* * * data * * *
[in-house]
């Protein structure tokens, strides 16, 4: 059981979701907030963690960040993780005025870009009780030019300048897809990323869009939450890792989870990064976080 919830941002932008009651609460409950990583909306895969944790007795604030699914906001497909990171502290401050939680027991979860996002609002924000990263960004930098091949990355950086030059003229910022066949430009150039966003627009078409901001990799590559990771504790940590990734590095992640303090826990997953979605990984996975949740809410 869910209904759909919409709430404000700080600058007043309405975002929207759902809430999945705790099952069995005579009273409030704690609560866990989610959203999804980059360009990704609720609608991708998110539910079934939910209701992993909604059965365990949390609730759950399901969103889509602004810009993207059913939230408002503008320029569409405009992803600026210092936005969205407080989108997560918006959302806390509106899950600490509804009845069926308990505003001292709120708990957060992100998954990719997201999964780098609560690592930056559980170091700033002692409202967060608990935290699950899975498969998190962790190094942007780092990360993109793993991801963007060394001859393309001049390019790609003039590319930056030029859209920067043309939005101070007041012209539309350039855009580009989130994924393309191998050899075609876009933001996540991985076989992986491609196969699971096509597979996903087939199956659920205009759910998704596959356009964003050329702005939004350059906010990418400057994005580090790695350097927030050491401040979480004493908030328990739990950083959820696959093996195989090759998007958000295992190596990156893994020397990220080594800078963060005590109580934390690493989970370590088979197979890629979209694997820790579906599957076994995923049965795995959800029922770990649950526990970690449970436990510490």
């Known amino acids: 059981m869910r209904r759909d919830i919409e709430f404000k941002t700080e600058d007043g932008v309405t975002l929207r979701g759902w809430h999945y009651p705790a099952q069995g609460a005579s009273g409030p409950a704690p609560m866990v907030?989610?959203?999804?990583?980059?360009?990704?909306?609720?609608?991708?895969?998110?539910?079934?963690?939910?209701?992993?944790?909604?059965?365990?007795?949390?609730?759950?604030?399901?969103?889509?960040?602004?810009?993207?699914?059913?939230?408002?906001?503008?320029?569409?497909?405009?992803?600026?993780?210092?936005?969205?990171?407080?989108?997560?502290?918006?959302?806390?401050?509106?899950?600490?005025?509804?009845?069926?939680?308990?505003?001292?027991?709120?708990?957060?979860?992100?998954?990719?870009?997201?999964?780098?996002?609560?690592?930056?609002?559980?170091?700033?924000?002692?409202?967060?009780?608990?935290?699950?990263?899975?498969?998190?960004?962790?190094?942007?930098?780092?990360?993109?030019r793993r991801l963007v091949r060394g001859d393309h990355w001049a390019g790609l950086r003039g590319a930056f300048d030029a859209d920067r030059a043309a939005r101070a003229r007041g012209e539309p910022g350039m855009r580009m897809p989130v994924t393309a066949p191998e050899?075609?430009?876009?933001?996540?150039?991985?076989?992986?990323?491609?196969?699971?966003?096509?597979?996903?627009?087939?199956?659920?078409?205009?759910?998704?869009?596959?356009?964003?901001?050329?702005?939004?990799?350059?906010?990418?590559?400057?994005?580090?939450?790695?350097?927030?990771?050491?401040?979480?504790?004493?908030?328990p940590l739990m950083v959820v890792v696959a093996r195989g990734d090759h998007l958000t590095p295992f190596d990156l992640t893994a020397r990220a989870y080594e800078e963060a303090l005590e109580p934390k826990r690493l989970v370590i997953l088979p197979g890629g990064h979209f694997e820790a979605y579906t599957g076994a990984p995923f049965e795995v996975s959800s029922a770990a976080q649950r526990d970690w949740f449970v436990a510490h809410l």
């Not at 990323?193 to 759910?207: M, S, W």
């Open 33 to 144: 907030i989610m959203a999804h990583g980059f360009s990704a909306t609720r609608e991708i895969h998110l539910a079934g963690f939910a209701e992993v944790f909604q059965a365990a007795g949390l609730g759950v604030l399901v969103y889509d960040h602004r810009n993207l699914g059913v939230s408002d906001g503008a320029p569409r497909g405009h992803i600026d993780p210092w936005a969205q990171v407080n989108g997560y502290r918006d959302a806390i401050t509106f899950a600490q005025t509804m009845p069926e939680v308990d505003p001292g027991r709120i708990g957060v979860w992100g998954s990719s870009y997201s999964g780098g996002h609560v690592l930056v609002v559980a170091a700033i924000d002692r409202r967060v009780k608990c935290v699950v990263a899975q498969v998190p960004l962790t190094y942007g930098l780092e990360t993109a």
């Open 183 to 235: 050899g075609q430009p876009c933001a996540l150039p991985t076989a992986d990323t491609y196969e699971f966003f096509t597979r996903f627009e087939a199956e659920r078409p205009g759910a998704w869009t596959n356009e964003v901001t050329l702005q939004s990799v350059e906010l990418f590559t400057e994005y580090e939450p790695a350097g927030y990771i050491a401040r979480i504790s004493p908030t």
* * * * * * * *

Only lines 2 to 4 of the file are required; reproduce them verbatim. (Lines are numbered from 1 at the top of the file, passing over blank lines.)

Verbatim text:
């Protein structure tokens, strides 16, 4: 059981979701907030963690960040993780005025870009009780030019300048897809990323869009939450890792989870990064976080 919830941002932008009651609460409950990583909306895969944790007795604030699914906001497909990171502290401050939680027991979860996002609002924000990263960004930098091949990355950086030059003229910022066949430009150039966003627009078409901001990799590559990771504790940590990734590095992640303090826990997953979605990984996975949740809410 869910209904759909919409709430404000700080600058007043309405975002929207759902809430999945705790099952069995005579009273409030704690609560866990989610959203999804980059360009990704609720609608991708998110539910079934939910209701992993909604059965365990949390609730759950399901969103889509602004810009993207059913939230408002503008320029569409405009992803600026210092936005969205407080989108997560918006959302806390509106899950600490509804009845069926308990505003001292709120708990957060992100998954990719997201999964780098609560690592930056559980170091700033002692409202967060608990935290699950899975498969998190962790190094942007780092990360993109793993991801963007060394001859393309001049390019790609003039590319930056030029859209920067043309939005101070007041012209539309350039855009580009989130994924393309191998050899075609876009933001996540991985076989992986491609196969699971096509597979996903087939199956659920205009759910998704596959356009964003050329702005939004350059906010990418400057994005580090790695350097927030050491401040979480004493908030328990739990950083959820696959093996195989090759998007958000295992190596990156893994020397990220080594800078963060005590109580934390690493989970370590088979197979890629979209694997820790579906599957076994995923049965795995959800029922770990649950526990970690449970436990510490």
């Known amino acids: 059981m869910r209904r759909d919830i919409e709430f404000k941002t700080e600058d007043g932008v309405t975002l929207r979701g759902w809430h999945y009651p705790a099952q069995g609460a005579s009273g409030p409950a704690p609560m866990v907030?989610?959203?999804?990583?980059?360009?990704?909306?609720?609608?991708?895969?998110?539910?079934?963690?939910?209701?992993?944790?909604?059965?365990?007795?949390?609730?759950?604030?399901?969103?889509?960040?602004?810009?993207?699914?059913?939230?408002?906001?503008?320029?569409?497909?405009?992803?600026?993780?210092?936005?969205?990171?407080?989108?997560?502290?918006?959302?806390?401050?509106?899950?600490?005025?509804?009845?069926?939680?308990?505003?001292?027991?709120?708990?957060?979860?992100?998954?990719?870009?997201?999964?780098?996002?609560?690592?930056?609002?559980?170091?700033?924000?002692?409202?967060?009780?608990?935290?699950?990263?899975?498969?998190?960004?962790?190094?942007?930098?780092?990360?993109?030019r793993r991801l963007v091949r060394g001859d393309h990355w001049a390019g790609l950086r003039g590319a930056f300048d030029a859209d920067r030059a043309a939005r101070a003229r007041g012209e539309p910022g350039m855009r580009m897809p989130v994924t393309a066949p191998e050899?075609?430009?876009?933001?996540?150039?991985?076989?992986?990323?491609?196969?699971?966003?096509?597979?996903?627009?087939?199956?659920?078409?205009?759910?998704?869009?596959?356009?964003?901001?050329?702005?939004?990799?350059?906010?990418?590559?400057?994005?580090?939450?790695?350097?927030?990771?050491?401040?979480?504790?004493?908030?328990p940590l739990m950083v959820v890792v696959a093996r195989g990734d090759h998007l958000t590095p295992f190596d990156l992640t893994a020397r990220a989870y080594e800078e963060a303090l005590e109580p934390k826990r690493l989970v370590i997953l088979p197979g890629g990064h979209f694997e820790a979605y579906t599957g076994a990984p995923f049965e795995v996975s959800s029922a770990a976080q649950r526990d970690w949740f449970v436990a510490h809410l």
């Not at 990323?193 to 759910?207: M, S, W």